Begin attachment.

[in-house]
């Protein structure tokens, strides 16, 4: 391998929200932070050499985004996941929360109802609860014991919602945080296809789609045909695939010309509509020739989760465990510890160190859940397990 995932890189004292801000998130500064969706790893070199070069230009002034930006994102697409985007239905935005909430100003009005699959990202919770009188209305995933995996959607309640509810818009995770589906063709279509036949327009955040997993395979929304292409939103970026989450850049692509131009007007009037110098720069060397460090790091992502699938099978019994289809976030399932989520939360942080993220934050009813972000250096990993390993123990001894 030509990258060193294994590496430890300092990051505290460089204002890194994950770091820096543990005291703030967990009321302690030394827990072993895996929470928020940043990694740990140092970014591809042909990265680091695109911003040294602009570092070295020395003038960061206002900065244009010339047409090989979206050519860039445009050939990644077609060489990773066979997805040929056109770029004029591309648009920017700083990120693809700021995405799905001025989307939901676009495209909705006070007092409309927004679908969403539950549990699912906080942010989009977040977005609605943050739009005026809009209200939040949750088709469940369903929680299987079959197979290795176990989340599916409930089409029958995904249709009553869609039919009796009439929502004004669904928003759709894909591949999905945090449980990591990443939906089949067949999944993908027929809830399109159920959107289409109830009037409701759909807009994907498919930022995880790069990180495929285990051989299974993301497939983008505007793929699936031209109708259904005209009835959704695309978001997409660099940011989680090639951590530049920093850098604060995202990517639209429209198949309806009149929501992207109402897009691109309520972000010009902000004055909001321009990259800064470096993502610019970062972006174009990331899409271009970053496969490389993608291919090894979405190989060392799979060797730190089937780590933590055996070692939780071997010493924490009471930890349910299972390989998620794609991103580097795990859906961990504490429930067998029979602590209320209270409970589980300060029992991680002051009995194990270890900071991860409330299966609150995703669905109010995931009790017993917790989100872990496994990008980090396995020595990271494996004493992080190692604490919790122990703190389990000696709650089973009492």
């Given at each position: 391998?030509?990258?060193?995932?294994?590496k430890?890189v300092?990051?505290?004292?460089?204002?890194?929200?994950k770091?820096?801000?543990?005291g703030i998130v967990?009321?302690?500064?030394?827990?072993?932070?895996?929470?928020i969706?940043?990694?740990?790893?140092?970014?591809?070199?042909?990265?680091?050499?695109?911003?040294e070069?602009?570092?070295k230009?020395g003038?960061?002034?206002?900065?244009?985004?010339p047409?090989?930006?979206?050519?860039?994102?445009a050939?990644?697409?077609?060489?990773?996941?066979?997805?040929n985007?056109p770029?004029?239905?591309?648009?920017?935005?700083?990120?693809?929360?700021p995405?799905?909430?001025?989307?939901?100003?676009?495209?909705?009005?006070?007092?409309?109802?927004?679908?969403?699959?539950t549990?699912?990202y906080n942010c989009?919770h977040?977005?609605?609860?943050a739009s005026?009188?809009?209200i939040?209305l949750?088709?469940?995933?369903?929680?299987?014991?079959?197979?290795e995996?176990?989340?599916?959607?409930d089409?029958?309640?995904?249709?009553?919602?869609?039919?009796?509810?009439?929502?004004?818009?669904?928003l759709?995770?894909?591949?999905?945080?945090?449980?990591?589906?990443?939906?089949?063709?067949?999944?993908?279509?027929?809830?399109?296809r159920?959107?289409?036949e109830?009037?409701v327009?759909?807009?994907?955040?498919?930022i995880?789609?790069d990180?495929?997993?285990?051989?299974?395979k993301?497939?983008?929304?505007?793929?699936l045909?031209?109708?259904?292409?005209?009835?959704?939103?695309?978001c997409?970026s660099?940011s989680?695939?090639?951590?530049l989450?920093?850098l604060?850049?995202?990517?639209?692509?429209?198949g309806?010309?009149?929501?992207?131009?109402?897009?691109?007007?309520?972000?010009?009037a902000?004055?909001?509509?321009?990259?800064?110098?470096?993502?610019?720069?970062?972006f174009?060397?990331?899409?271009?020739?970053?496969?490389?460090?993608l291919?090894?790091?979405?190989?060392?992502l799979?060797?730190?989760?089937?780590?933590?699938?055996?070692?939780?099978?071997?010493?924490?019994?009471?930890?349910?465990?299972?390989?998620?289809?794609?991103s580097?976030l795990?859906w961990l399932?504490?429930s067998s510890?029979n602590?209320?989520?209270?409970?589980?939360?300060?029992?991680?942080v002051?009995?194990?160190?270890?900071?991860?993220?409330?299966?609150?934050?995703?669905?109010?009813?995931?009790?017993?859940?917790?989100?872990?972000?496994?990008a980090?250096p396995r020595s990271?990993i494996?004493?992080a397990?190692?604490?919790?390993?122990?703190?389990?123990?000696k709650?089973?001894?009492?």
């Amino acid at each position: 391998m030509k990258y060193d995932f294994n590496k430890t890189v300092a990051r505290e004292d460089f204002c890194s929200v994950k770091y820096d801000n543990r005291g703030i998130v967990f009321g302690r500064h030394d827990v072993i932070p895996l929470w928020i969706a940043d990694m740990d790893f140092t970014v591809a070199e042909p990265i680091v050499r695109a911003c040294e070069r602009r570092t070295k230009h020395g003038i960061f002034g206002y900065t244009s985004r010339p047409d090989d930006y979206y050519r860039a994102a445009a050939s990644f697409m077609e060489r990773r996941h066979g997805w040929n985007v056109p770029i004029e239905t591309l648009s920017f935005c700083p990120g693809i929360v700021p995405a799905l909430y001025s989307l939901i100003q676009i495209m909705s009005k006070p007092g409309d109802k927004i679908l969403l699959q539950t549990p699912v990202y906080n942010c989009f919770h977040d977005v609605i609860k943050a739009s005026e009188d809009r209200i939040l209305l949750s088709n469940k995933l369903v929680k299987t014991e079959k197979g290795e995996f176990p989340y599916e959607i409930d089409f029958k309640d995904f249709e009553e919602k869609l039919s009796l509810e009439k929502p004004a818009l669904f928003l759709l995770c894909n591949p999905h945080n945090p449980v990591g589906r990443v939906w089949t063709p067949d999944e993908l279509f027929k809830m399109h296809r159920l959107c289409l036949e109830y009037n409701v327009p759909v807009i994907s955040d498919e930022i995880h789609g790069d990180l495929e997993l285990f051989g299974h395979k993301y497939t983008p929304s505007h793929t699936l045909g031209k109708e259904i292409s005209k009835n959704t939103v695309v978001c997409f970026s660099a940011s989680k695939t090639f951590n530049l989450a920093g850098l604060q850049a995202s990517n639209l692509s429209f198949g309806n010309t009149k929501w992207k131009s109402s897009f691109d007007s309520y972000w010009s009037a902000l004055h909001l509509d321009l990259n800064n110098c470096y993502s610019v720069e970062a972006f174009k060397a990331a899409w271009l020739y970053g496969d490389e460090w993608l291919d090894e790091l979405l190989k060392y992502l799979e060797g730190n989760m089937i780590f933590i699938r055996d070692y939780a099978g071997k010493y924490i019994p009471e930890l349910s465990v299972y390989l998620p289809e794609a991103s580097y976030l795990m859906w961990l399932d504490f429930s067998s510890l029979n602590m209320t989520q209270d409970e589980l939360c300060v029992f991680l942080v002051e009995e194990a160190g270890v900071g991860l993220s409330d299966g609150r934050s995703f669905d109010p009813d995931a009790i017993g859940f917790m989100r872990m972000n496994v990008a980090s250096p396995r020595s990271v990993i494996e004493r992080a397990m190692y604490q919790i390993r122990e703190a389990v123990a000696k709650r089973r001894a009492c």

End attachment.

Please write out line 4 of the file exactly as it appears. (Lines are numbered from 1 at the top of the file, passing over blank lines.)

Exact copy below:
């Amino acid at each position: 391998m030509k990258y060193d995932f294994n590496k430890t890189v300092a990051r505290e004292d460089f204002c890194s929200v994950k770091y820096d801000n543990r005291g703030i998130v967990f009321g302690r500064h030394d827990v072993i932070p895996l929470w928020i969706a940043d990694m740990d790893f140092t970014v591809a070199e042909p990265i680091v050499r695109a911003c040294e070069r602009r570092t070295k230009h020395g003038i960061f002034g206002y900065t244009s985004r010339p047409d090989d930006y979206y050519r860039a994102a445009a050939s990644f697409m077609e060489r990773r996941h066979g997805w040929n985007v056109p770029i004029e239905t591309l648009s920017f935005c700083p990120g693809i929360v700021p995405a799905l909430y001025s989307l939901i100003q676009i495209m909705s009005k006070p007092g409309d109802k927004i679908l969403l699959q539950t549990p699912v990202y906080n942010c989009f919770h977040d977005v609605i609860k943050a739009s005026e009188d809009r209200i939040l209305l949750s088709n469940k995933l369903v929680k299987t014991e079959k197979g290795e995996f176990p989340y599916e959607i409930d089409f029958k309640d995904f249709e009553e919602k869609l039919s009796l509810e009439k929502p004004a818009l669904f928003l759709l995770c894909n591949p999905h945080n945090p449980v990591g589906r990443v939906w089949t063709p067949d999944e993908l279509f027929k809830m399109h296809r159920l959107c289409l036949e109830y009037n409701v327009p759909v807009i994907s955040d498919e930022i995880h789609g790069d990180l495929e997993l285990f051989g299974h395979k993301y497939t983008p929304s505007h793929t699936l045909g031209k109708e259904i292409s005209k009835n959704t939103v695309v978001c997409f970026s660099a940011s989680k695939t090639f951590n530049l989450a920093g850098l604060q850049a995202s990517n639209l692509s429209f198949g309806n010309t009149k929501w992207k131009s109402s897009f691109d007007s309520y972000w010009s009037a902000l004055h909001l509509d321009l990259n800064n110098c470096y993502s610019v720069e970062a972006f174009k060397a990331a899409w271009l020739y970053g496969d490389e460090w993608l291919d090894e790091l979405l190989k060392y992502l799979e060797g730190n989760m089937i780590f933590i699938r055996d070692y939780a099978g071997k010493y924490i019994p009471e930890l349910s465990v299972y390989l998620p289809e794609a991103s580097y976030l795990m859906w961990l399932d504490f429930s067998s510890l029979n602590m209320t989520q209270d409970e589980l939360c300060v029992f991680l942080v002051e009995e194990a160190g270890v900071g991860l993220s409330d299966g609150r934050s995703f669905d109010p009813d995931a009790i017993g859940f917790m989100r872990m972000n496994v990008a980090s250096p396995r020595s990271v990993i494996e004493r992080a397990m190692y604490q919790i390993r122990e703190a389990v123990a000696k709650r089973r001894a009492c």